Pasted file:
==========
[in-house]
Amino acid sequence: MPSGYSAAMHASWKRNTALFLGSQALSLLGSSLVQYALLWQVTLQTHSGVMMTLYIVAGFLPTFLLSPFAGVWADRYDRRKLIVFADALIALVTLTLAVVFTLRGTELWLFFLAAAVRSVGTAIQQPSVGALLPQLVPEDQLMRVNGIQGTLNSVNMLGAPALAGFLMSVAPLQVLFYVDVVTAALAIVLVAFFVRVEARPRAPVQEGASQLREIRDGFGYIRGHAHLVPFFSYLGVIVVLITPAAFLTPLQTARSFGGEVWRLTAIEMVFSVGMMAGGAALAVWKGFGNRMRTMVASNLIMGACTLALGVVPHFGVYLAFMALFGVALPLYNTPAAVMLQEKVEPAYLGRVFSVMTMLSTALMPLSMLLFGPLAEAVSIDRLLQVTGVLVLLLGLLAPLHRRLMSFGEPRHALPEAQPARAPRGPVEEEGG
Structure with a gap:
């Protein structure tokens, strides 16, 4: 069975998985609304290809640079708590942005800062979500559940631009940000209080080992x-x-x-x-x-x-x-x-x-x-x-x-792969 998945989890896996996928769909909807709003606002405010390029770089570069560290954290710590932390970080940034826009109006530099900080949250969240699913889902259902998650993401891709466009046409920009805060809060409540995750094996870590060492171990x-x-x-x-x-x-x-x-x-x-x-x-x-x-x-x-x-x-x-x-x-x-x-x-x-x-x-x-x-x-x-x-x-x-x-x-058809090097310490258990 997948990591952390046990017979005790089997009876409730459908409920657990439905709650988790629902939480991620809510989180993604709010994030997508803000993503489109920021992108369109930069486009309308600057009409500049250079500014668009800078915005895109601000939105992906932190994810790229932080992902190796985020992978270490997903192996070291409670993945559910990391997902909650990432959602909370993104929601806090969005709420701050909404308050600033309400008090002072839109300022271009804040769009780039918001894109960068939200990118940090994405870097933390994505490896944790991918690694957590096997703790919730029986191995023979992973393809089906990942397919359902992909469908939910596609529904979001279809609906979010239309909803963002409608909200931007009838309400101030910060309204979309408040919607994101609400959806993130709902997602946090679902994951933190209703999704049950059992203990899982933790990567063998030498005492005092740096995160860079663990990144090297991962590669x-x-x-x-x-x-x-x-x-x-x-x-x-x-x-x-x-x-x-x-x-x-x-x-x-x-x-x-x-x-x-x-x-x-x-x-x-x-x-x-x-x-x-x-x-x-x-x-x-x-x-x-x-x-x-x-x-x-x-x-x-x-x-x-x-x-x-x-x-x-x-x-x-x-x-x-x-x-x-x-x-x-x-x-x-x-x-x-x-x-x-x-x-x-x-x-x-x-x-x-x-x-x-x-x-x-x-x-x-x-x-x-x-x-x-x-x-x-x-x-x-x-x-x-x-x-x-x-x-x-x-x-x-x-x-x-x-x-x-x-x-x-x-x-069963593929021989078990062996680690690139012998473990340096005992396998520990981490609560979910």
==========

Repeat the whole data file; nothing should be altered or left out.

[in-house]
Amino acid sequence: MPSGYSAAMHASWKRNTALFLGSQALSLLGSSLVQYALLWQVTLQTHSGVMMTLYIVAGFLPTFLLSPFAGVWADRYDRRKLIVFADALIALVTLTLAVVFTLRGTELWLFFLAAAVRSVGTAIQQPSVGALLPQLVPEDQLMRVNGIQGTLNSVNMLGAPALAGFLMSVAPLQVLFYVDVVTAALAIVLVAFFVRVEARPRAPVQEGASQLREIRDGFGYIRGHAHLVPFFSYLGVIVVLITPAAFLTPLQTARSFGGEVWRLTAIEMVFSVGMMAGGAALAVWKGFGNRMRTMVASNLIMGACTLALGVVPHFGVYLAFMALFGVALPLYNTPAAVMLQEKVEPAYLGRVFSVMTMLSTALMPLSMLLFGPLAEAVSIDRLLQVTGVLVLLLGLLAPLHRRLMSFGEPRHALPEAQPARAPRGPVEEEGG
Structure with a gap:
């Protein structure tokens, strides 16, 4: 069975998985609304290809640079708590942005800062979500559940631009940000209080080992x-x-x-x-x-x-x-x-x-x-x-x-792969 998945989890896996996928769909909807709003606002405010390029770089570069560290954290710590932390970080940034826009109006530099900080949250969240699913889902259902998650993401891709466009046409920009805060809060409540995750094996870590060492171990x-x-x-x-x-x-x-x-x-x-x-x-x-x-x-x-x-x-x-x-x-x-x-x-x-x-x-x-x-x-x-x-x-x-x-x-058809090097310490258990 997948990591952390046990017979005790089997009876409730459908409920657990439905709650988790629902939480991620809510989180993604709010994030997508803000993503489109920021992108369109930069486009309308600057009409500049250079500014668009800078915005895109601000939105992906932190994810790229932080992902190796985020992978270490997903192996070291409670993945559910990391997902909650990432959602909370993104929601806090969005709420701050909404308050600033309400008090002072839109300022271009804040769009780039918001894109960068939200990118940090994405870097933390994505490896944790991918690694957590096997703790919730029986191995023979992973393809089906990942397919359902992909469908939910596609529904979001279809609906979010239309909803963002409608909200931007009838309400101030910060309204979309408040919607994101609400959806993130709902997602946090679902994951933190209703999704049950059992203990899982933790990567063998030498005492005092740096995160860079663990990144090297991962590669x-x-x-x-x-x-x-x-x-x-x-x-x-x-x-x-x-x-x-x-x-x-x-x-x-x-x-x-x-x-x-x-x-x-x-x-x-x-x-x-x-x-x-x-x-x-x-x-x-x-x-x-x-x-x-x-x-x-x-x-x-x-x-x-x-x-x-x-x-x-x-x-x-x-x-x-x-x-x-x-x-x-x-x-x-x-x-x-x-x-x-x-x-x-x-x-x-x-x-x-x-x-x-x-x-x-x-x-x-x-x-x-x-x-x-x-x-x-x-x-x-x-x-x-x-x-x-x-x-x-x-x-x-x-x-x-x-x-x-x-x-x-x-x-069963593929021989078990062996680690690139012998473990340096005992396998520990981490609560979910």